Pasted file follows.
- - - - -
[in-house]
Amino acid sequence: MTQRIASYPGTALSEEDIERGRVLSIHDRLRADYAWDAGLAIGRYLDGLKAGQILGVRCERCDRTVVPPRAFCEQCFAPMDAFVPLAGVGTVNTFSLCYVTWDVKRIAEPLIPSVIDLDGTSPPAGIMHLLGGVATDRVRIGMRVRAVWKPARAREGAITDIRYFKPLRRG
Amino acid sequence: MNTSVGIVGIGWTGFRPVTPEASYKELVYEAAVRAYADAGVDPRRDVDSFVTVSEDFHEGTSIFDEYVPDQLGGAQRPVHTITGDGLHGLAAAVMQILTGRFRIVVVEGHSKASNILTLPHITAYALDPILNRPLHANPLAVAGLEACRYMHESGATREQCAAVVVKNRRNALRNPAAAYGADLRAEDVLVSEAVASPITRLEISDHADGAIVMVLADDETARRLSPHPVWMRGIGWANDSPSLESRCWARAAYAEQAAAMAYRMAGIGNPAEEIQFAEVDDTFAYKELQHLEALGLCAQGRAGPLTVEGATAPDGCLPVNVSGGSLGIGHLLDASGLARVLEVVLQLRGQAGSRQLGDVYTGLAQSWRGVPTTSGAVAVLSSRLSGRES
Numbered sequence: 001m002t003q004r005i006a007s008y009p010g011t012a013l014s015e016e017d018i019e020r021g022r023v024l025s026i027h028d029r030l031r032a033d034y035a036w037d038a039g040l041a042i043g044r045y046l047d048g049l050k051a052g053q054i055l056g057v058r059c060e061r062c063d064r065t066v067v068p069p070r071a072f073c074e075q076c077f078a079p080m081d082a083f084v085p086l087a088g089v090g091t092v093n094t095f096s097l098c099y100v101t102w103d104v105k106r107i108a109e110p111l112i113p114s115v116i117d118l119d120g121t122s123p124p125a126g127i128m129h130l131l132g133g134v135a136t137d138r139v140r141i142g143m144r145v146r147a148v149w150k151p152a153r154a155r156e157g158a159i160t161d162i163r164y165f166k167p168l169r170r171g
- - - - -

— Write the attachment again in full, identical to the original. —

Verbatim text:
[in-house]
Amino acid sequence: MTQRIASYPGTALSEEDIERGRVLSIHDRLRADYAWDAGLAIGRYLDGLKAGQILGVRCERCDRTVVPPRAFCEQCFAPMDAFVPLAGVGTVNTFSLCYVTWDVKRIAEPLIPSVIDLDGTSPPAGIMHLLGGVATDRVRIGMRVRAVWKPARAREGAITDIRYFKPLRRG
Amino acid sequence: MNTSVGIVGIGWTGFRPVTPEASYKELVYEAAVRAYADAGVDPRRDVDSFVTVSEDFHEGTSIFDEYVPDQLGGAQRPVHTITGDGLHGLAAAVMQILTGRFRIVVVEGHSKASNILTLPHITAYALDPILNRPLHANPLAVAGLEACRYMHESGATREQCAAVVVKNRRNALRNPAAAYGADLRAEDVLVSEAVASPITRLEISDHADGAIVMVLADDETARRLSPHPVWMRGIGWANDSPSLESRCWARAAYAEQAAAMAYRMAGIGNPAEEIQFAEVDDTFAYKELQHLEALGLCAQGRAGPLTVEGATAPDGCLPVNVSGGSLGIGHLLDASGLARVLEVVLQLRGQAGSRQLGDVYTGLAQSWRGVPTTSGAVAVLSSRLSGRES
Numbered sequence: 001m002t003q004r005i006a007s008y009p010g011t012a013l014s015e016e017d018i019e020r021g022r023v024l025s026i027h028d029r030l031r032a033d034y035a036w037d038a039g040l041a042i043g044r045y046l047d048g049l050k051a052g053q054i055l056g057v058r059c060e061r062c063d064r065t066v067v068p069p070r071a072f073c074e075q076c077f078a079p080m081d082a083f084v085p086l087a088g089v090g091t092v093n094t095f096s097l098c099y100v101t102w103d104v105k106r107i108a109e110p111l112i113p114s115v116i117d118l119d120g121t122s123p124p125a126g127i128m129h130l131l132g133g134v135a136t137d138r139v140r141i142g143m144r145v146r147a148v149w150k151p152a153r154a155r156e157g158a159i160t161d162i163r164y165f166k167p168l169r170r171g